This edge of my responsibility is an important concept to me. The world is an overwhelming place with so much that needs improving and fixing, in physical space but also relational space. But we can't do it all. Defining the edge of my responsibility helps keep the overwhelm at bay.

I love knowing that my garden space, therefore responsibility space, is contained.

2020: building the wildflower bed along the back fence

2019: the "wildflower" bed last summer

  1. Bloom where you're planted (with caveats).

I have a problem with trite cliches.

Bloom where you're planted doesn't always work. Because sometimes you need to get the hell outta’ where you’re “planted” - geographically, relationally, spiritually, intellectually, etc.

Just because you are somewhere doesn’t mean it's a healthy place to be there, nor does it mean you were “planted” there by some divine force or fate.

But let’s say you are somewhere, because that’s where you’ve decided to be, or have chosen to stay, not because it’s the perfect place (no such thing), but because it meets the most important needs in your life right now.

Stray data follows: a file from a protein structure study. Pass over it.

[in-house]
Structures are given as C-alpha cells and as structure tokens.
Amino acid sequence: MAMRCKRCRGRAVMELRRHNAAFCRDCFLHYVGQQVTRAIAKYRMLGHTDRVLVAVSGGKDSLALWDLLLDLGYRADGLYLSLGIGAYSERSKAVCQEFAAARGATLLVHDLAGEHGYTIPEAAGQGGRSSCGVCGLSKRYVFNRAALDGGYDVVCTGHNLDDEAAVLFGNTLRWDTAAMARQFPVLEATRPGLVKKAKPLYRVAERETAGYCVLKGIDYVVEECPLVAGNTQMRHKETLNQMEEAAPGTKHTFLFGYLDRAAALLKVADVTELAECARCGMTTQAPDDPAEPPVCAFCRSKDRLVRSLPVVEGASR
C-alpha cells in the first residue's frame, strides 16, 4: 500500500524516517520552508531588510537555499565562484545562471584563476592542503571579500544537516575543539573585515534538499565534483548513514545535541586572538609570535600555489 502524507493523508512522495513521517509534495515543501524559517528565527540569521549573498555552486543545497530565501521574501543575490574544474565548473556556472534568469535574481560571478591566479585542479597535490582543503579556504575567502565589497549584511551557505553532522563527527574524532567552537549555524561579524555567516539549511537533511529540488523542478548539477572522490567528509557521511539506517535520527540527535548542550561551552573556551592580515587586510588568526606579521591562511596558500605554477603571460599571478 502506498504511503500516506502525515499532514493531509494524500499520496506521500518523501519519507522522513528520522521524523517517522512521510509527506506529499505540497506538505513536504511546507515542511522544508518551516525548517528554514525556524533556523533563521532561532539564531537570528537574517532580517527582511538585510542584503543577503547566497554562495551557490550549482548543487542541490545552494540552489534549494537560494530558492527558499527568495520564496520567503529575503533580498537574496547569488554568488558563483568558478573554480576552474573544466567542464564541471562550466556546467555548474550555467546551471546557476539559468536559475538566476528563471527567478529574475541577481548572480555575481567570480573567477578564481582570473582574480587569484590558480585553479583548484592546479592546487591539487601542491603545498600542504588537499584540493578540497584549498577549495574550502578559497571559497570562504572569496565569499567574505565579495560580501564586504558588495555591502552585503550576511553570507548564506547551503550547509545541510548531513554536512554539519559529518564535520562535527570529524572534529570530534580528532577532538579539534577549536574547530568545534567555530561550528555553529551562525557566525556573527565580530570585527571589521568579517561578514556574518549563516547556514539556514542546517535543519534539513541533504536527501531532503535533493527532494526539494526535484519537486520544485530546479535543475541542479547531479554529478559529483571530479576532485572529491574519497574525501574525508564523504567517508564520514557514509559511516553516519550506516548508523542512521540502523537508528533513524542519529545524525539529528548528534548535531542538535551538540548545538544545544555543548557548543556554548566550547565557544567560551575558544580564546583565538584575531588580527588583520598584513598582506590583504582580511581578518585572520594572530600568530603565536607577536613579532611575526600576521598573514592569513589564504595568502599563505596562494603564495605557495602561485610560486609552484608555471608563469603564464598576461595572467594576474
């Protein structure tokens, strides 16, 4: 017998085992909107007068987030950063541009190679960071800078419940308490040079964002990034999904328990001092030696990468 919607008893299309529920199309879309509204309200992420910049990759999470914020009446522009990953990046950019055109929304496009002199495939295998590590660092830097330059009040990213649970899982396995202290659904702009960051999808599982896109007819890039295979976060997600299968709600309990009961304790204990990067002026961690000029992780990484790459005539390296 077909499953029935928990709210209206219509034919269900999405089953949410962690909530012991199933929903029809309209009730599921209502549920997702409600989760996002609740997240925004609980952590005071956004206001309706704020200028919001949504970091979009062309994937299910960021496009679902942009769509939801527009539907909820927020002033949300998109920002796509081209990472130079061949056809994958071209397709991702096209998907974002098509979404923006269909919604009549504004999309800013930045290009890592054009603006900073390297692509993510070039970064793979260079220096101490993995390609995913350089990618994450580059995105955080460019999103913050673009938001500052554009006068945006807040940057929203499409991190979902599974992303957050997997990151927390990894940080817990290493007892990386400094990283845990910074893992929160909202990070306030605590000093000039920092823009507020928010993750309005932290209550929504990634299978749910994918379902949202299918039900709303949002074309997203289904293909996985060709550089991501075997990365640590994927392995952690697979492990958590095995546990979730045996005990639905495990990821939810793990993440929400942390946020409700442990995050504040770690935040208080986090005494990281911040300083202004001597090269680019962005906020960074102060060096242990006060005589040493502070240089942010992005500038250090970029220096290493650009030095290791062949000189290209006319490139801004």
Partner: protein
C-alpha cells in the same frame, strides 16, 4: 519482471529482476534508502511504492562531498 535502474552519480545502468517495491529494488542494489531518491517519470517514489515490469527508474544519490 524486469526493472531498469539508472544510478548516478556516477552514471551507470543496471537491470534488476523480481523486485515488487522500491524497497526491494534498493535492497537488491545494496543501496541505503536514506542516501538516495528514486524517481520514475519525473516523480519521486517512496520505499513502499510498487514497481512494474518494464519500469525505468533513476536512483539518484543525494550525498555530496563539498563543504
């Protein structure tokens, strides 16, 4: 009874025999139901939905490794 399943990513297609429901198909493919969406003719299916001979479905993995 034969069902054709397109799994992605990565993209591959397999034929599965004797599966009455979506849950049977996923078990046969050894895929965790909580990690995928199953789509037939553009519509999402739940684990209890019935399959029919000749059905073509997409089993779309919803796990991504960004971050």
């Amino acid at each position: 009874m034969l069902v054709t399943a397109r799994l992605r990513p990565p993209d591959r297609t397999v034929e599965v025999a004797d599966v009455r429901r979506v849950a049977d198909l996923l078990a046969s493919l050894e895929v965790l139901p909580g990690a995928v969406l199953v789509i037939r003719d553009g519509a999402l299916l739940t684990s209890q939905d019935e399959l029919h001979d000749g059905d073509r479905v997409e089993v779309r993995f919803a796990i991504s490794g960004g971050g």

And let's just be clear, that place - which could be a location, a job, a relationship - may feel like a compromise, but that compromise helps you work towards something that matters to you.

Bloom in that place.

2020: we bought new (& used) patio furniture this summer

I love Montreal. It’s a great city. (For the record, city living during a pandemic sucks. The things that make a city a desirable place to live - access to diverse and vibrant resources and experiences -are greatly diminished.)

City living meets our needs for this stage of life - educating and launching our young adult children - but this is not where I want to be forever, and ever, amen. There are parts of my self and my identity that do not thrive here. Things I deeply value and need, primarily nature, are not available in sufficient quantities.

We are working on our exit strategy but while I'm here I'm choosing to bloom. I'm choosing to maximize, or try to maximize, the opportunities available to me, in this place, in this life season.

Short list of things, in addition to the kids' development, that I'm investing in while living in the city: my garden, french-language learning, academic and career growth opportunities (fingers crossed about my grad school application), relationships and community, cultural and spiritual exchanges.

I'm doing my best to bloom here. And I'll do the same when this time is over and I've re-planted myself somewhere else.

  1. Tending something is good for the soul.

It only took me a couple thousand words to get to the subtext of this whole post: things change and are fundamentally always in flux. Change and transition are difficult and disorientating, at the best of times. And this is not the best of times.